The Roanoke Times
leaves a lot to be desired. A few weeks ago, we were missing the comic section. The obituaries have been messed up for weeks with gaping holes in some of the type. One day our paper was printed so that part of the bottom was at the top. Today, one section (the Ticker
) came strangely folded.
The resulting crease made for difficult reading.
That crease persisted even when the fold had been smoothed out.
Because we have a print subscription, we're supposed to also have an e-subscription. The Roanoke Times iPad app hasn't worked for a couple of months, though.
However, I don't actually read all of the Sunday paper. Here are the parts I won't read today. I never read the sports section or the classifieds because I'm not a sports fan and I'm not buying or selling anything. I don't bother reading ads for stores that aren't even in my area. I did read the grocery ads when they were in the Sunday paper, but now they in the Wednesday paper.
There is more of the paper that I don't read than what I do read. Here are the sections of today's paper that I actually read:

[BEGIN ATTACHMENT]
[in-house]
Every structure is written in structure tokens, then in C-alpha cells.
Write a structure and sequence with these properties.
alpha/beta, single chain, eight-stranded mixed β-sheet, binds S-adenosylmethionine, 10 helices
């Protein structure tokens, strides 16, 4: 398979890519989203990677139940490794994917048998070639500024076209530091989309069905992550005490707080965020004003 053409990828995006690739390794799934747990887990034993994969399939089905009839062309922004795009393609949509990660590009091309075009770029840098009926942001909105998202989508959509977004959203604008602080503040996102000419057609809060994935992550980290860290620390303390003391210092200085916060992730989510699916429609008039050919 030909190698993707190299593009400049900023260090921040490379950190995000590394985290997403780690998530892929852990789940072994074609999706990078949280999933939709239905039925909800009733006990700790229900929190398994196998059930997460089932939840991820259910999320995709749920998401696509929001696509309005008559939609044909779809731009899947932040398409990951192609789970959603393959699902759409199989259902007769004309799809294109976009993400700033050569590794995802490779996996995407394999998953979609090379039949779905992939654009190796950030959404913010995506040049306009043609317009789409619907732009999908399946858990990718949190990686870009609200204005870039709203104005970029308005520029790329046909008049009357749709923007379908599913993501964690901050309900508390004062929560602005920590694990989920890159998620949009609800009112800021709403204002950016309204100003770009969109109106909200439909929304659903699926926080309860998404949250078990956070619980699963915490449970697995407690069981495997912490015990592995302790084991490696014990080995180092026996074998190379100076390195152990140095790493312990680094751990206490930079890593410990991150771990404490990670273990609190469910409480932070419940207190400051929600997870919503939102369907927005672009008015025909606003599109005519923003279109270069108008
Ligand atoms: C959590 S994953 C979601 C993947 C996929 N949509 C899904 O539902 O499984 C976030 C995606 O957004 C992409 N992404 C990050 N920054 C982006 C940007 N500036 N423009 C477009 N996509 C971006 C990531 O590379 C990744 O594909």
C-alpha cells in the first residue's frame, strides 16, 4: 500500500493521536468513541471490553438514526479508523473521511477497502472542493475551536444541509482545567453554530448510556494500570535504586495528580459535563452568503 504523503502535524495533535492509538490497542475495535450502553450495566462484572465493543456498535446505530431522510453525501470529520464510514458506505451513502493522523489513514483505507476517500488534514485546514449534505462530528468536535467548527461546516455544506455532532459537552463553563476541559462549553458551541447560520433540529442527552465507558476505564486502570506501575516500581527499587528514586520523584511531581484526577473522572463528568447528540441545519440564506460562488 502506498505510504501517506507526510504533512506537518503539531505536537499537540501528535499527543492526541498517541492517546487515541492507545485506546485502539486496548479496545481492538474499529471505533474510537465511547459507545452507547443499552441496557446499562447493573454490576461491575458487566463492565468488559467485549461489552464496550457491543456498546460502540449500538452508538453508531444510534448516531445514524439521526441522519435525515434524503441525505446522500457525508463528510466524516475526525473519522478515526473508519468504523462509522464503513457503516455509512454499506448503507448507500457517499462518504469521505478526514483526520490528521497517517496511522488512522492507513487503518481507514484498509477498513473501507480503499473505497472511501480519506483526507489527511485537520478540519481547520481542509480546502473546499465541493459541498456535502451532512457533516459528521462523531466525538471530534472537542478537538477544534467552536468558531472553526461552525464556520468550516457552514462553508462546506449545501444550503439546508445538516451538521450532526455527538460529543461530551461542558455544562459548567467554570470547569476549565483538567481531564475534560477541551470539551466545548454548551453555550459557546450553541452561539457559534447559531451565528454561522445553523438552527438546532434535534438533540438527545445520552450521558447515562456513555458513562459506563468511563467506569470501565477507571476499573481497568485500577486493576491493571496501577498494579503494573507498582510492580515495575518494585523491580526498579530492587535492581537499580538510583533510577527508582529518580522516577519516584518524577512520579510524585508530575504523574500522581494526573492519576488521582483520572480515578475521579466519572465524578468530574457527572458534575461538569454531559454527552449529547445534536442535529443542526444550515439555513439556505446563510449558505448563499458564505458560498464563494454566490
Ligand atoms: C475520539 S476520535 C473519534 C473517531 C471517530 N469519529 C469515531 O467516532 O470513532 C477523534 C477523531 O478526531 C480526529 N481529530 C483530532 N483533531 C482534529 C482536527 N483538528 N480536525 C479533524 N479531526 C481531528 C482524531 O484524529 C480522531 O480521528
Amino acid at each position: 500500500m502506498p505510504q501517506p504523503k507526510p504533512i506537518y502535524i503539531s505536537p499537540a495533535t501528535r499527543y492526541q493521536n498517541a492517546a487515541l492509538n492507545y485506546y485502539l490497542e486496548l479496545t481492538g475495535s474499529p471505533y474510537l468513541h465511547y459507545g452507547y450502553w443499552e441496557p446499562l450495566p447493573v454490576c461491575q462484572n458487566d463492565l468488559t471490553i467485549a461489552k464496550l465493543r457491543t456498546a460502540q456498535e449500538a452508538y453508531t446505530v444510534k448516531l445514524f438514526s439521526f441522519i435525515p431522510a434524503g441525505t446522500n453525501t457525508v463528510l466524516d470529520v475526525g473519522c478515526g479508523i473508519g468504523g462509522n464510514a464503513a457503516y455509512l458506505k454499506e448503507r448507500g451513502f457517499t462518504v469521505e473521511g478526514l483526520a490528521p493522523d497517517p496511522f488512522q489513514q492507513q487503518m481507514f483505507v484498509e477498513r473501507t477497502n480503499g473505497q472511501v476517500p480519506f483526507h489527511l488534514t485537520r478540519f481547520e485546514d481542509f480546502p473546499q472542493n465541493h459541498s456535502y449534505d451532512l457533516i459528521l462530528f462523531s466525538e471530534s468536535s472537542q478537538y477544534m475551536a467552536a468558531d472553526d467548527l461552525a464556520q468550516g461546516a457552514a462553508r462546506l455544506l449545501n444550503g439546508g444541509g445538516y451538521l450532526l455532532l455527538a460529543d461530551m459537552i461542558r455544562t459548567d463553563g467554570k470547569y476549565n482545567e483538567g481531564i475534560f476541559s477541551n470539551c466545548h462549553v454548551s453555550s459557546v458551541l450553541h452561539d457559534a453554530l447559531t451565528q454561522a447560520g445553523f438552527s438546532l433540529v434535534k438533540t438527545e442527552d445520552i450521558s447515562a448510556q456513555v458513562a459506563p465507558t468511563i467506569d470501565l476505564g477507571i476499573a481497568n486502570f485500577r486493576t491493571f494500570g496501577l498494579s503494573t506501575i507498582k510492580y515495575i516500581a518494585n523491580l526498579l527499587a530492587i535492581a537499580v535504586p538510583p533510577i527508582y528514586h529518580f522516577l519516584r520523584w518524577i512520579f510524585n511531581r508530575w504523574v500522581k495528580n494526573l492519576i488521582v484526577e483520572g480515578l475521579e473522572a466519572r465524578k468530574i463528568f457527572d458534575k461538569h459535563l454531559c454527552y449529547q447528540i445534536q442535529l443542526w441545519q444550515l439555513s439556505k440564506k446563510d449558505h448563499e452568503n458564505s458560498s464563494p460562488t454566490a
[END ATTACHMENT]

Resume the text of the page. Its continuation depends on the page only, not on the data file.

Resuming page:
It usually takes me less than a half hour to read these sections. Years ago, the paper would last all morning. There's not much to read now—fewer and smaller pages than in the past—and bigger pictures. The Parade section used to be a magazine that would last all week; now it's only a few small pages (with ads taking up a lot of it). Again, notice that big pictures on the front section (top left) and extra have huge pictures.
I thought I was missing the Virginia section, because the bottom of the page said a story about the former governor's defense strategies was on page 1 of the Virginia section.
Turns out the Virginia section (which existed for many years as a separate section) is now on page 11 of the front section (which I think is the Nation & World section even though two of the three stories on its front page are local stories. See—here it is:
Still, there's not a lot of news anywhere in the paper. Surely things happen in Roanoke and the surrounding area, don't they? If so, why doesn't The Roanoke Times report them? And why doesn't it offer a little quality control in what it does print?
I really miss the paper the way it used to be years ago, but I'm looking forward to future editions folded as paper airplanes or origami.
Labels: Roanoke Times